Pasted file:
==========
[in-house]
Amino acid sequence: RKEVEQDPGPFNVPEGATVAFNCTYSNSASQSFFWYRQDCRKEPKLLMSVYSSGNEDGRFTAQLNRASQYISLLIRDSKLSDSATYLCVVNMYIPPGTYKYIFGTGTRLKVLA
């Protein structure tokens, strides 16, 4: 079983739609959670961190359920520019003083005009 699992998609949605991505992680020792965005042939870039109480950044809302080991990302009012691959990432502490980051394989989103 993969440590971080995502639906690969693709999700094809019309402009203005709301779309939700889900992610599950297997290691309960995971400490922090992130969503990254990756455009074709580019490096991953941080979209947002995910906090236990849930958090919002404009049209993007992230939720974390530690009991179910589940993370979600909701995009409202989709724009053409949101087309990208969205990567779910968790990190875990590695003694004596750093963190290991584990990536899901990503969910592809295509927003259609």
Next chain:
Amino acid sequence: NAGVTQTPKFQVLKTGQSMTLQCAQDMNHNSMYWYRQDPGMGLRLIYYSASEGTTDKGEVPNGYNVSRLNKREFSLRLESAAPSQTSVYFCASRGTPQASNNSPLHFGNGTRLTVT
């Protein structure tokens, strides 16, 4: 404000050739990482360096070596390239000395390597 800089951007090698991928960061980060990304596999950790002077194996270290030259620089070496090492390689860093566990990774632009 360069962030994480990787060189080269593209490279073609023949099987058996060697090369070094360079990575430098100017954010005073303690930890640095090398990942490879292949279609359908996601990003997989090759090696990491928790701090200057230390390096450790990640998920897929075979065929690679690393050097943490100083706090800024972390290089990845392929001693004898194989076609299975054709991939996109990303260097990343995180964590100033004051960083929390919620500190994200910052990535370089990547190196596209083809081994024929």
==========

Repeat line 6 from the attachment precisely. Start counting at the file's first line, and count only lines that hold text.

């Protein structure tokens, strides 16, 4: 404000050739990482360096070596390239000395390597 800089951007090698991928960061980060990304596999950790002077194996270290030259620089070496090492390689860093566990990774632009 360069962030994480990787060189080269593209490279073609023949099987058996060697090369070094360079990575430098100017954010005073303690930890640095090398990942490879292949279609359908996601990003997989090759090696990491928790701090200057230390390096450790990640998920897929075979065929690679690393050097943490100083706090800024972390290089990845392929001693004898194989076609299975054709991939996109990303260097990343995180964590100033004051960083929390919620500190994200910052990535370089990547190196596209083809081994024929």